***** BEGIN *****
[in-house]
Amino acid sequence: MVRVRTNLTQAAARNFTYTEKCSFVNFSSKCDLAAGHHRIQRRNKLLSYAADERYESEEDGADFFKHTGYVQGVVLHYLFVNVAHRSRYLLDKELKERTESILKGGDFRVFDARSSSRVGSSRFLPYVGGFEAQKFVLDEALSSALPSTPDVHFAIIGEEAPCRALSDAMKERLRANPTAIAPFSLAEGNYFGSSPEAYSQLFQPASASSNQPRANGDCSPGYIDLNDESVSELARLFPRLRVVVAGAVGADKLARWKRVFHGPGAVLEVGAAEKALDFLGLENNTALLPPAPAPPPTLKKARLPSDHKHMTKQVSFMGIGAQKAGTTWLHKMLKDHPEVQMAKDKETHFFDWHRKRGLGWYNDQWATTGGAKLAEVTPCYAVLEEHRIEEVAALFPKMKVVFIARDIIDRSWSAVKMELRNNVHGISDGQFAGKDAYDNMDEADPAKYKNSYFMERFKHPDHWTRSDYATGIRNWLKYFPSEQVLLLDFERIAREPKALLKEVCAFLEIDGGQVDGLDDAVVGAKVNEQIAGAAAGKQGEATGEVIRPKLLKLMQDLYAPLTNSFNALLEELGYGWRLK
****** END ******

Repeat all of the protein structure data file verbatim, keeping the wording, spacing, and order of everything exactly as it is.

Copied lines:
[in-house]
Amino acid sequence: MVRVRTNLTQAAARNFTYTEKCSFVNFSSKCDLAAGHHRIQRRNKLLSYAADERYESEEDGADFFKHTGYVQGVVLHYLFVNVAHRSRYLLDKELKERTESILKGGDFRVFDARSSSRVGSSRFLPYVGGFEAQKFVLDEALSSALPSTPDVHFAIIGEEAPCRALSDAMKERLRANPTAIAPFSLAEGNYFGSSPEAYSQLFQPASASSNQPRANGDCSPGYIDLNDESVSELARLFPRLRVVVAGAVGADKLARWKRVFHGPGAVLEVGAAEKALDFLGLENNTALLPPAPAPPPTLKKARLPSDHKHMTKQVSFMGIGAQKAGTTWLHKMLKDHPEVQMAKDKETHFFDWHRKRGLGWYNDQWATTGGAKLAEVTPCYAVLEEHRIEEVAALFPKMKVVFIARDIIDRSWSAVKMELRNNVHGISDGQFAGKDAYDNMDEADPAKYKNSYFMERFKHPDHWTRSDYATGIRNWLKYFPSEQVLLLDFERIAREPKALLKEVCAFLEIDGGQVDGLDDAVVGAKVNEQIAGAAAGKQGEATGEVIRPKLLKLMQDLYAPLTNSFNALLEELGYGWRLK